I’m going to PearConf! PearConf is a conference dedicated to pair programming and inclusiveness. It’s going to be held in San Francisco later this month.

Why go to a conference about pair programming? First of all, I love pair programming. We don’t pair at my job, but we did every day at my bootcamp, LEARN Academy, and I loved it. I really enjoy how a good partner can help me when I get stuck, slow me down and ask questions that deepen my understanding of a concept, and make programming fun and social.

But I’m also interested in learning about the intersection between pair programming and inclusion.

Wait, what?

I first became aware of this intersection when Sarah Mei tweeted this in April:

Wondering why all the agile/XP stuff (like pairing, TDD, etc) doesn’t seem to work for a heterogenous team?

It’s because they were developed by a bunch of white dudes. The practices assume the practitioners all have A LOT of built-in privilege.

I’ll admit that I was surprised and confused at first. My own experience with pair programming at LEARN involved a diverse group of students, and it was overwhelmingly positive for me, and I believe pretty positive overall for the rest of my cohort.

Fortunately, she elaborated the next day in a lengthy Twitter thread, in which she explained how power dynamics–whether based on race, gender, experience, or other factors–can make pairing go badly for the person with relatively less power:

For many years, I was a pair programming evangelist. Between that & my consulting work, I’ve met lots of people who tried pair programming and hated it. Some of them had paired for months, with different people, on different schedules, & still couldn’t find a modality they liked.

These people came from many different genders & races. Some were introverted; some weren’t. What they all had in common wasn’t obvious to me for a long time…until recently, it was.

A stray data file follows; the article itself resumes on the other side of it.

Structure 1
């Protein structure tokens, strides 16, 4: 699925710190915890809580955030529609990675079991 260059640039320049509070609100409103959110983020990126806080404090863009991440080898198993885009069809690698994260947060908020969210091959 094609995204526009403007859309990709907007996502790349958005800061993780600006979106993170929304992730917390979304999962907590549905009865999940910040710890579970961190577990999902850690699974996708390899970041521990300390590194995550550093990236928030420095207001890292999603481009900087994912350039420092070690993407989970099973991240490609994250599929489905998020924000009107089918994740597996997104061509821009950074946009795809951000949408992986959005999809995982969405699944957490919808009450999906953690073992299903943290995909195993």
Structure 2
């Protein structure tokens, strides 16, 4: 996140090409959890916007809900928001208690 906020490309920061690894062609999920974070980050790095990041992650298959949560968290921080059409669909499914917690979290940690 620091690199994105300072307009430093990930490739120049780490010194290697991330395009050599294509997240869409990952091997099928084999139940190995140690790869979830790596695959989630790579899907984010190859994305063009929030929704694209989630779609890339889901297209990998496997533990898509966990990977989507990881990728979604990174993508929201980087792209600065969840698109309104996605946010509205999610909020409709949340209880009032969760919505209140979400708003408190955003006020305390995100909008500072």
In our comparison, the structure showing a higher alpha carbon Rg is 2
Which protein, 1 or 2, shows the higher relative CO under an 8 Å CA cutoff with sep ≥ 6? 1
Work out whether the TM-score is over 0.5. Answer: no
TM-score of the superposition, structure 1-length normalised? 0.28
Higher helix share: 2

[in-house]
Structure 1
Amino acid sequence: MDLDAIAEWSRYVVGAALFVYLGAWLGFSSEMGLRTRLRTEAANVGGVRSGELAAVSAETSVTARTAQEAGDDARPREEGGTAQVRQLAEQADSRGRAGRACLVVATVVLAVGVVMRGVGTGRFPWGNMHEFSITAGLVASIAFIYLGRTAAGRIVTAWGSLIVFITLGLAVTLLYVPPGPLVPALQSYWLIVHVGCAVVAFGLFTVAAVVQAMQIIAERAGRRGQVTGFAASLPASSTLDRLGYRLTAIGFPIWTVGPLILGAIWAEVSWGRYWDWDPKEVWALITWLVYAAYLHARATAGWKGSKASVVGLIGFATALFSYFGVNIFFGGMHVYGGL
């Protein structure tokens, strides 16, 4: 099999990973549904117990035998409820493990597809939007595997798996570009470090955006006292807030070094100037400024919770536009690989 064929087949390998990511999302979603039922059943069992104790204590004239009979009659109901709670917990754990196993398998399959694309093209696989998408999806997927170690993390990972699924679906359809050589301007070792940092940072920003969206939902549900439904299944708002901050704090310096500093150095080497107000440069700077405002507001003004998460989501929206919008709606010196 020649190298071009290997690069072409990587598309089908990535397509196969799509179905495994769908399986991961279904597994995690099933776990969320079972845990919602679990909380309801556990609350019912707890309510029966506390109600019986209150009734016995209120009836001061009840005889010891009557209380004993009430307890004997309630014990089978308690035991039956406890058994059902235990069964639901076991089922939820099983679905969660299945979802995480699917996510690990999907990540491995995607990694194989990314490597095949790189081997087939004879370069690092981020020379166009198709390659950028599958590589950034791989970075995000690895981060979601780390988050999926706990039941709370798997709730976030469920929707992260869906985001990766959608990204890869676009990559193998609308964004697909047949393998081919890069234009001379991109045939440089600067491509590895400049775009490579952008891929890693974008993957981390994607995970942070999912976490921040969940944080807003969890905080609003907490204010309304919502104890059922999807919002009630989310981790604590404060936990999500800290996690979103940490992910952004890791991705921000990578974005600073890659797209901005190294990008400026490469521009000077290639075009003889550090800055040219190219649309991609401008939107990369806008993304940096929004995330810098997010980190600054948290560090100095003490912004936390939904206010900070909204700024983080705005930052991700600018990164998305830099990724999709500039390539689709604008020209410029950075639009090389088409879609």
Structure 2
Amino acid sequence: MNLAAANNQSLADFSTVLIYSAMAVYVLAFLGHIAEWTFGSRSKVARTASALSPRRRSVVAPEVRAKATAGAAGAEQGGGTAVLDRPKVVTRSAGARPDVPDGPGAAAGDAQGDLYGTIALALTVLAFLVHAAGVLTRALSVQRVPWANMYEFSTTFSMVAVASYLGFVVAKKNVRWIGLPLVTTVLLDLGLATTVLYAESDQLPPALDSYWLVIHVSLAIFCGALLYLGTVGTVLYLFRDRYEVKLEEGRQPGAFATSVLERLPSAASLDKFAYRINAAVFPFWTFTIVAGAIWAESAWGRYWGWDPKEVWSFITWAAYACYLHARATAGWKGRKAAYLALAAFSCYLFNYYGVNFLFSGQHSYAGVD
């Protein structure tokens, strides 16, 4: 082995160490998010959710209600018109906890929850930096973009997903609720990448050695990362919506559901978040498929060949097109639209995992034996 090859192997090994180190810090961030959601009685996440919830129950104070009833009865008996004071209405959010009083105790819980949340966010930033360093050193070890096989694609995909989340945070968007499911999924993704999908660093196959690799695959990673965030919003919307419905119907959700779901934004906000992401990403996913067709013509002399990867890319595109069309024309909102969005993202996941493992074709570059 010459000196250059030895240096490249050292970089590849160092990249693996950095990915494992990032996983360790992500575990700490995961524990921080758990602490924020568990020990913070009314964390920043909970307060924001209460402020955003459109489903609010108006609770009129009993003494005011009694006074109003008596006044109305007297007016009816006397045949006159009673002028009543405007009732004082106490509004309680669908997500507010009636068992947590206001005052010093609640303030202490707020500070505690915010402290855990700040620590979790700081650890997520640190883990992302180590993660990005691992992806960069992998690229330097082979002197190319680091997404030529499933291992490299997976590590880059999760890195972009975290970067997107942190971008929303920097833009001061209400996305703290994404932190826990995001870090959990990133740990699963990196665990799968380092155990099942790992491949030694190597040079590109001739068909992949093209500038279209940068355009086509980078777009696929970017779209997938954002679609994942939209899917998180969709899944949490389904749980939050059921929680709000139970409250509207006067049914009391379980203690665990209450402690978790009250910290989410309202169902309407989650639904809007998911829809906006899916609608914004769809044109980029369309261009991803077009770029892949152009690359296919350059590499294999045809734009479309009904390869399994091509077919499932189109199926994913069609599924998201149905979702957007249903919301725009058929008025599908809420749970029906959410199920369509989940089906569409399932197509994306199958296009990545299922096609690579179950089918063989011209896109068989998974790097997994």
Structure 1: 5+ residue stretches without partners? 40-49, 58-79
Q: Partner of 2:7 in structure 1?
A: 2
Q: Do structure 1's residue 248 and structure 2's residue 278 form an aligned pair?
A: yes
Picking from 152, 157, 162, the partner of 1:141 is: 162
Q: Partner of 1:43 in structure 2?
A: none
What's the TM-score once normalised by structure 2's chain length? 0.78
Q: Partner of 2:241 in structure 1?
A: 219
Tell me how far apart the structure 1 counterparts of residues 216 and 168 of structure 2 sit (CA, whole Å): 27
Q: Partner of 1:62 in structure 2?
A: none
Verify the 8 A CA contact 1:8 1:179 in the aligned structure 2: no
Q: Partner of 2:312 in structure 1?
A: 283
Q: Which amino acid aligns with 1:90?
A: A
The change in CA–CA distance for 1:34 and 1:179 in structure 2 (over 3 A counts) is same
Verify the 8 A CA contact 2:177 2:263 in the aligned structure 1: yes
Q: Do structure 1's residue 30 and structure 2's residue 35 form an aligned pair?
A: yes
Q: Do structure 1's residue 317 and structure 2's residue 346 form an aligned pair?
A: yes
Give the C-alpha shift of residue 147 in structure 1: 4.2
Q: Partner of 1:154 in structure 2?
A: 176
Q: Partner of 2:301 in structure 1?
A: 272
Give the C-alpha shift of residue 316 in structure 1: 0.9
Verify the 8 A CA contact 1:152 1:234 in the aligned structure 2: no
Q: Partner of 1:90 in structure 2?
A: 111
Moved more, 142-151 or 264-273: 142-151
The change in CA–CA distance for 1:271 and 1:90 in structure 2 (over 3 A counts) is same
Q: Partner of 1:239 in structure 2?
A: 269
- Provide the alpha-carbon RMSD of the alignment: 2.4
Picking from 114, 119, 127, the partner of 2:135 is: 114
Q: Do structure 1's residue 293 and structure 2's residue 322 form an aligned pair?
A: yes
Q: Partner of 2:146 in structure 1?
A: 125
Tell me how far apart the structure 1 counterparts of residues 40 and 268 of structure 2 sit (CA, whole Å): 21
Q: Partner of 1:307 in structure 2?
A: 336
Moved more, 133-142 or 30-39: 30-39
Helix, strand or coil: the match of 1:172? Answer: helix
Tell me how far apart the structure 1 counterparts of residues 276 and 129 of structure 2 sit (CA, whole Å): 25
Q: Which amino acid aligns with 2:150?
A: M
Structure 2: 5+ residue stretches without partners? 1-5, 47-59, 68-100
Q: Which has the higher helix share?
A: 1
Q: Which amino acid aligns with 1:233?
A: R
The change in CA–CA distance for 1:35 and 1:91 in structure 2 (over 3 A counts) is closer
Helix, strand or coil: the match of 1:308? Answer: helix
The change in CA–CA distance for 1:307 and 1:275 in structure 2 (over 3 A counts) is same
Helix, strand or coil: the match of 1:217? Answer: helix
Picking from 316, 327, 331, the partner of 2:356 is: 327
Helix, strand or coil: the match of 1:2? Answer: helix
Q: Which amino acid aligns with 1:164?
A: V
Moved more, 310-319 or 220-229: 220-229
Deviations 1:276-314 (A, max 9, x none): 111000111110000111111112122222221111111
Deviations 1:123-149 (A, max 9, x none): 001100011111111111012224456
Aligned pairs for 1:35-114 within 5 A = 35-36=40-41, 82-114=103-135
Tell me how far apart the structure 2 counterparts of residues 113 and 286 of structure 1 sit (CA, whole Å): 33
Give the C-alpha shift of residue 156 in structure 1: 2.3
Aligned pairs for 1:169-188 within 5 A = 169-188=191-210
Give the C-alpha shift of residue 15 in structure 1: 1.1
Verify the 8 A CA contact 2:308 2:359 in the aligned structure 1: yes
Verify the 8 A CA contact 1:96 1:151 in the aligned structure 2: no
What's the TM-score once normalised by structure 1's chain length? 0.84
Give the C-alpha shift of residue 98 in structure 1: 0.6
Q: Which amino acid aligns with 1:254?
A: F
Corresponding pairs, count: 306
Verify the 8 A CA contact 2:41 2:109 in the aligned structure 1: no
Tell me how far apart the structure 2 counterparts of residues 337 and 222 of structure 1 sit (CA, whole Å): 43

They’re all usually on the downward side of one or more power dynamics in their pairs.


Pairing has nothing to say about how to structure an interaction to avoid taking unfair advantage of power dynamics. One of its basic assumptions is that everyone feels empowered to contribute.

When this is true, pairing is amazing. When it’s not, it’s a nightmare.

With those ideas in mind, I think it’s worth exploring why pairing worked so well when I was at LEARN.

Things that made pairing work (for me)

My cohort was diverse because it included people of different ages, genders, ethnicities, nationalities, and educational backgrounds (although it leaned white, Asian, male, and young). However, it was homogeneous in a very big way: experience.

LEARN is a code bootcamp, so by definition, we were all beginners at full-stack web development. Sure, some of us had more coding experience than others, but none of us were experts. So that minimized one potentially large power dynamic. If my first experience with pairing had been in the workplace, with me as a junior developer pairing with an experienced partner, I would have felt a lot less empowered to contribute, as Sarah Mei put it.